- The Washington Times - Tuesday, March 2, 2021

Former Secretary of State John F. Kerry is warning oil and gas producers to not “wind up on the wrong side” of climate change.

Mr. Kerry, who serves as President Biden’s special envoy for climate, told industry leaders Tuesday at the nation’s largest energy conference, CERAWeek, that they have to transcend oil and natural gas to survive. 

“You don’t want to be sitting there with a lot of stranded assets,” he told the conference, which is hosted by IHS Markit. “You’re gonna wind up on the wrong side of this battle.” 

The former secretary of state argued that technological advancements have opened up “huge opportunities” for cleaner forms of energy. Most notably, Mr. Kerry championed the potential of carbon-free hydrogen initiatives, which proponents of tackling climate change believe could become an alternative to natural gas. 

During his remarks, Mr. Kerry went a step further by imploring oil and gas companies to use their “incredible infrastructure” to produce “hydrogen in a way that isn’t so damaging and carbon-intensive.”



“They ought to be figuring out how do we become not an oil-and-gas company, but how do we become an energy company,” the former secretary of state said. 

Mr. Kerry also added that those in attendance should heed his call and avoid fighting “to hold onto whatever the market share” of oil and gas that already exists.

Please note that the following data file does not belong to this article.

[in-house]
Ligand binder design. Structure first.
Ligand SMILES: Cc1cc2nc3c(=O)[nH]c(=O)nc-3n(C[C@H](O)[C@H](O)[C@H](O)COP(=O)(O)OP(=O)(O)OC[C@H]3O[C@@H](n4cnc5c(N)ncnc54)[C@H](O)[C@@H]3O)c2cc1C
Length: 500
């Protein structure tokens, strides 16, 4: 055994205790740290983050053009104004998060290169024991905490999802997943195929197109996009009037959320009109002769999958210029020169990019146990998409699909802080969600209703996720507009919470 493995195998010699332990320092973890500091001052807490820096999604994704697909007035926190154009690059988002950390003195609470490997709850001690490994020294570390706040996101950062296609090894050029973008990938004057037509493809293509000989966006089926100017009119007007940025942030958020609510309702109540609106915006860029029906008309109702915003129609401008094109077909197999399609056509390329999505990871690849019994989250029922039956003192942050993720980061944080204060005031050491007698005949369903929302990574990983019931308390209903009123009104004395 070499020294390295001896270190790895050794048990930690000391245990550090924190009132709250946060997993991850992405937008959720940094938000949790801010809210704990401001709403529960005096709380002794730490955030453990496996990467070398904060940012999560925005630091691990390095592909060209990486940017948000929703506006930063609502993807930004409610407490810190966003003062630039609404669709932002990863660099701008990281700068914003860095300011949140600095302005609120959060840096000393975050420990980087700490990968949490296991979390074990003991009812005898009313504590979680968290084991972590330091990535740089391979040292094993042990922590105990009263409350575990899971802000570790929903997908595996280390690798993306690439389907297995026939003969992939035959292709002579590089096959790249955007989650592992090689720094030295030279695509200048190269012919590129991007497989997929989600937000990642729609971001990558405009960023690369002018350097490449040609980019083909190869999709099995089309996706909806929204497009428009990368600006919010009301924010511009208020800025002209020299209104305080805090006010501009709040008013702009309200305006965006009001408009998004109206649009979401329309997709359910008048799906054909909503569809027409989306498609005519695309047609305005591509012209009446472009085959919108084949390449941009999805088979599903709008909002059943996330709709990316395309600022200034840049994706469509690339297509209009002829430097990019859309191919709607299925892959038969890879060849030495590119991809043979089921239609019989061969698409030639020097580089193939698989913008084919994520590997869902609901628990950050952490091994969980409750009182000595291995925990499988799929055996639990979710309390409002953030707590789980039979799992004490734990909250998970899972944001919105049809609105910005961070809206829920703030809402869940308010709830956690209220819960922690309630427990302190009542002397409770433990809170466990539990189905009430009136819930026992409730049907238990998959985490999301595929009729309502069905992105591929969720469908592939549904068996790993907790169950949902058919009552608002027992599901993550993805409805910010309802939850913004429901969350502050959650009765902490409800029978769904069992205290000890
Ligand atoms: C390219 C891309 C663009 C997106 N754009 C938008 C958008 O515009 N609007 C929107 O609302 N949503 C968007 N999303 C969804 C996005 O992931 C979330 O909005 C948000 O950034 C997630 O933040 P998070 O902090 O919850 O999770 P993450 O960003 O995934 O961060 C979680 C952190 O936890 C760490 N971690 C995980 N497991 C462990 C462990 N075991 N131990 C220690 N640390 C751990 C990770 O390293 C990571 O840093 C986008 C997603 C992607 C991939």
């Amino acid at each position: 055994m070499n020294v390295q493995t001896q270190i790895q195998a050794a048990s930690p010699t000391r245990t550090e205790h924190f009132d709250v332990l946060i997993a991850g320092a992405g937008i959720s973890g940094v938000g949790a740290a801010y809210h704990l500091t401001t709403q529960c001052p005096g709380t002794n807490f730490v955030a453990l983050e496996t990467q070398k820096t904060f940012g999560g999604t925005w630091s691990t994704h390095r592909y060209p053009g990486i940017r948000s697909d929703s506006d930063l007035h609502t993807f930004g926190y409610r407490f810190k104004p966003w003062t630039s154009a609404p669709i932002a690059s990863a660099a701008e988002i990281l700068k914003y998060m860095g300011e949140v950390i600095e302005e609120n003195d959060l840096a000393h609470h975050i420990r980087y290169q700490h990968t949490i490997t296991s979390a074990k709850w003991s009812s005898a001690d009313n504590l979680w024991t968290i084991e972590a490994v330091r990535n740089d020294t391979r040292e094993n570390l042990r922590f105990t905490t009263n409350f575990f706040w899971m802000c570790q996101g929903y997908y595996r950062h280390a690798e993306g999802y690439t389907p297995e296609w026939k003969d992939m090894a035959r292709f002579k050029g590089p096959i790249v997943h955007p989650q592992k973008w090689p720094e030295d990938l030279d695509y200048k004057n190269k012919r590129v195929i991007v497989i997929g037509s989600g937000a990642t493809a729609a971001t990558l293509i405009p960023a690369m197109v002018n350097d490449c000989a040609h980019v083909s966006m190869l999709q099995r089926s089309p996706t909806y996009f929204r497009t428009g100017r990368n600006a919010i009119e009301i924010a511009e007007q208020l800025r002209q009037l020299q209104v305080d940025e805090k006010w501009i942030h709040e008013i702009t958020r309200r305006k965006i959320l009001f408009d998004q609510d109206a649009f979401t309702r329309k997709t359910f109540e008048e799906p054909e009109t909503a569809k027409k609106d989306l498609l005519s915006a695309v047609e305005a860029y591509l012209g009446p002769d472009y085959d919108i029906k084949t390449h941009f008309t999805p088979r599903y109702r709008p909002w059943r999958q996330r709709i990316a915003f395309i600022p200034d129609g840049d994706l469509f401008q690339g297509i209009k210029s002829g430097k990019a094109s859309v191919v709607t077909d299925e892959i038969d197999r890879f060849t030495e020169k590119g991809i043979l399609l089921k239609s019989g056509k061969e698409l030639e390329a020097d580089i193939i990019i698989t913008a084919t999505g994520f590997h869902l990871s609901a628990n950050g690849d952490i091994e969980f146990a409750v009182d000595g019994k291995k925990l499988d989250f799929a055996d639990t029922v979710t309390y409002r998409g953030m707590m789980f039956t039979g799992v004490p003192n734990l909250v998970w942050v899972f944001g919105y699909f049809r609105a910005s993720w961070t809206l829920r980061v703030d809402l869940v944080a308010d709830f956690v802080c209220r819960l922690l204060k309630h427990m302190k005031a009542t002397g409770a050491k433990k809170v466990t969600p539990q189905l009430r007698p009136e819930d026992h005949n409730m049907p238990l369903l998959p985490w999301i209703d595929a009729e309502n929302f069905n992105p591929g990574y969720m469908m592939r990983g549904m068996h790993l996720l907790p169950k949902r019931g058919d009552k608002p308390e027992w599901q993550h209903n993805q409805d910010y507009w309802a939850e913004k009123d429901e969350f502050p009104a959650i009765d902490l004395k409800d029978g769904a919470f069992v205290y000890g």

“There is still some resistance to this transition and that’s something we can’t afford anymore,” he said. 

His remarks come as the Biden White House and congressional Democrats have signaled that tackling climate change will be a major policy priority over the next four years. Mr. Biden hinted at his administration’s ambitions recently when rejoining the Paris Climate Accord.

“We can no longer delay or do the bare minimum to address climate change,” Mr. Biden said when rejoining the deal, which commits the United States to achieving net-zero greenhouse gas emissions by 2050. “This is a global, existential crisis. And we’ll all suffer the consequences if we fail.”

Not everyone agrees with the president and Mr. Kerry’s approach. In recent years, oil and gas producers have strived to adopt more environmentally friendly practices.

Jess Szymanski, a spokesperson for the American Petroleum Institute, said that while her organization supports efforts to combat climate change, it was important to understand that natural gas and oil are already playing a role in lowering carbon emissions. 

“Over the last decade, the United States has reduced our [greenhouse gas] emissions to generational lows, largely thanks to the transition from coal to natural gas for generating electricity,” she said. 

“Our industry supports the ambitions of the Paris agreement and is committed to providing affordable, reliable energy while furthering our significant progress in reducing [greenhouse gas] emissions,” she added.

Szymanski also stressed that the International Energy Agency agreed that natural gas and oil will still be nearly half of the energy mix by 2040 even with the Paris Climate Accord in effect. 

Some allies of the energy industry also have questioned the commitment of advocates such as Mr. Kerry, who was recently castigated for relying on private jets when traveling overseas to accept awards for his climate activism.

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